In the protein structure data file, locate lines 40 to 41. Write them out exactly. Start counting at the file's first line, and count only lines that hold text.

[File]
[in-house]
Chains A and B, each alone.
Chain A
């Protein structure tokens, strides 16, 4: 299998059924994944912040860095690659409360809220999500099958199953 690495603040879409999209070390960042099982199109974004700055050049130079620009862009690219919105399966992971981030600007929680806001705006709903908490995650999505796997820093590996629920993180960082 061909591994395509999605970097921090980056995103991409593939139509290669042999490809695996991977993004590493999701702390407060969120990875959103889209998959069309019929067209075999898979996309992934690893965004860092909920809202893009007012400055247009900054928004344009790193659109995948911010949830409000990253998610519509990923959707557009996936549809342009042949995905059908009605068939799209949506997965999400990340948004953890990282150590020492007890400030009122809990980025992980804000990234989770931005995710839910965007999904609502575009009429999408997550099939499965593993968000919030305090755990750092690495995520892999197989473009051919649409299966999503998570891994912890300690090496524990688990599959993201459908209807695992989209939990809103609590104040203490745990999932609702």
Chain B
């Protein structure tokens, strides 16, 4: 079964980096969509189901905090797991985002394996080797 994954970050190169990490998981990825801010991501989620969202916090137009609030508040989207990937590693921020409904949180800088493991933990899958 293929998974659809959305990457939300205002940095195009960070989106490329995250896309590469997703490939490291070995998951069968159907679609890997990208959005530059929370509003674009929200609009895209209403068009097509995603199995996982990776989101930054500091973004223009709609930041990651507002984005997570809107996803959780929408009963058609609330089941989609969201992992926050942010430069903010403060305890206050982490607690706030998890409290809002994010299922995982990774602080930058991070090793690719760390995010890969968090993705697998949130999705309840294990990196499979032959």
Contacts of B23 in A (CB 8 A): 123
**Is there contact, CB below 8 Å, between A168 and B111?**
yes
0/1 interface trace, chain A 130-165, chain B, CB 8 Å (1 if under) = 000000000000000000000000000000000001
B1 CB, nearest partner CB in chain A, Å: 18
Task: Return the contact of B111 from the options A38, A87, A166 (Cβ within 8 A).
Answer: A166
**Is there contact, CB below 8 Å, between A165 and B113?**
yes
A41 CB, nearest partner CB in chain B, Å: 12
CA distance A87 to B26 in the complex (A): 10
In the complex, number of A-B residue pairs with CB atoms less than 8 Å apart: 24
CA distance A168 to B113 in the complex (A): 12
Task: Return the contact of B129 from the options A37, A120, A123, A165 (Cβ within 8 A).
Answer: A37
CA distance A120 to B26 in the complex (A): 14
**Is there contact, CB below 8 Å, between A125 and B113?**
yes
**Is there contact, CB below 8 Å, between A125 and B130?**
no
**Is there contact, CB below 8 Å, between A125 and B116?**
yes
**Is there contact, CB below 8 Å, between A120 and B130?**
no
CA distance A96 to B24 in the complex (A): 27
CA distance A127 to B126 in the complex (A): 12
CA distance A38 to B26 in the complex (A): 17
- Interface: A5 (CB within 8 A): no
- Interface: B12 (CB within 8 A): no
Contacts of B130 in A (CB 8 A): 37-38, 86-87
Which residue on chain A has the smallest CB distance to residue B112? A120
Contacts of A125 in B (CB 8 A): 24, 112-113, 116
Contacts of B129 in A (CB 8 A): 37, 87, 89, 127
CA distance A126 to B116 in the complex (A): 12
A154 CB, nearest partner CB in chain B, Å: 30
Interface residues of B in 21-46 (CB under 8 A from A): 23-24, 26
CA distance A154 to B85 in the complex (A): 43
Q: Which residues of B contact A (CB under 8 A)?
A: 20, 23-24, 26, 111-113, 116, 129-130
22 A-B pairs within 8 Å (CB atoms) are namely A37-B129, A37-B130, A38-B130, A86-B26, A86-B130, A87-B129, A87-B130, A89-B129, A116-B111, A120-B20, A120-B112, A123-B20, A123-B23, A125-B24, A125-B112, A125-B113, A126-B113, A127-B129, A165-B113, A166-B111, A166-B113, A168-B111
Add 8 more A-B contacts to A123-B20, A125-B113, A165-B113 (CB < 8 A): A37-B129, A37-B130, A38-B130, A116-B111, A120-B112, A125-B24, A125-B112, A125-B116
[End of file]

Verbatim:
CA distance A126 to B116 in the complex (A): 12
A154 CB, nearest partner CB in chain B, Å: 30